-- Mary Elizabeth Dallas
FRIDAY, May 17 (HealthDay News) -- After age 50, excess body fat
hardens the arteries, potentially increasing the risk of dying from
cardiovascular disease, according to a new study.
The blood vessels of young people can adapt to the effects of
obesity, but this ability is lost after middle age, British
researchers found. As body fat accumulates, arteries become
stiffer, they cautioned, suggesting years of being overweight could
lead to irreversible damage.
"The effects of having more fat seem to be different depending on your age. It looks like young people may be able to adapt to excess body fat, but by middle age the cumulative exposure to years of obesity may start to cause permanent damage to the arteries," said study leader Dr. Declan O'Regan, of the Medical Research Council Clinical Sciences Center at Imperial College London.
One implication of the study, published in the June print issue
of the journal
Hypertension, is that the potential benefits of weight loss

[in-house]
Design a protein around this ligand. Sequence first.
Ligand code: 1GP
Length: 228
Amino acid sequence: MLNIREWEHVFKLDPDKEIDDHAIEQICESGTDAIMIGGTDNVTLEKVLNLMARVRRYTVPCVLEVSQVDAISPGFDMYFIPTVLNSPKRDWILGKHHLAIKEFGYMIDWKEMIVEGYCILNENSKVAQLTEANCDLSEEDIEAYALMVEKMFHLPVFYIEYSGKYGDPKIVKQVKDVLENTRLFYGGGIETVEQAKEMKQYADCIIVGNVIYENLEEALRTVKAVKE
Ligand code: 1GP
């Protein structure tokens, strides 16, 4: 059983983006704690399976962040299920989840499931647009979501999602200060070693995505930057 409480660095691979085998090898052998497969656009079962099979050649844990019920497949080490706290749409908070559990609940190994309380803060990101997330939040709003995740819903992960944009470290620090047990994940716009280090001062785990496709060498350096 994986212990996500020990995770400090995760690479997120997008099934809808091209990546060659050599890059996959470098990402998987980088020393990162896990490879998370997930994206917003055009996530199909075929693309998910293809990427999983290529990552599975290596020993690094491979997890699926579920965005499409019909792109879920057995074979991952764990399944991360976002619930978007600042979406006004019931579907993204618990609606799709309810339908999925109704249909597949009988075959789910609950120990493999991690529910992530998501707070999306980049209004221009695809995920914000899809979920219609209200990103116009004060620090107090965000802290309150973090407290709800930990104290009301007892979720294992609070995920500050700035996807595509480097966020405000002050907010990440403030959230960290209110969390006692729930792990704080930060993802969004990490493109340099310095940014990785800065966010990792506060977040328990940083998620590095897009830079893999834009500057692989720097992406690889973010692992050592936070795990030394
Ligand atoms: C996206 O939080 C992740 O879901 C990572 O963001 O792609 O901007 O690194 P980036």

may depend on your age and how long you have been overweight, he
Because blood travels faster in stiff vessels than healthy
vessels, the researchers were able to assess artery hardness by
using an MRI scanner to measure the speed of blood flow in the
aorta of 200 people. Young adults with more body fat had less stiff
arteries, they found. In people older than 50, however, excess
weight was associated with hardening of the arteries. This was true
for both men and women, the researchers noted.
"We don't know for sure how body fat makes arteries stiffer, but we do know that certain metabolic products in the blood may progressively damage the elastic fibers in our blood vessels. Understanding these processes might help us to prevent the harmful effects of obesity," said O'Regan in a college news release.
The study authors pointed out that hardening of the arteries was
associated more with body fat percentage, which is estimated by
passing a small electric current through the body, than body mass
index (BMI), which is a measurement based on height and weight. The
investigators added that more research is needed to determine when
the harmful effects of obesity result in permanent damage to the
The U.S. National Heart, Lung, and Blood Institute has more
atherosclerosis, or hardening of the
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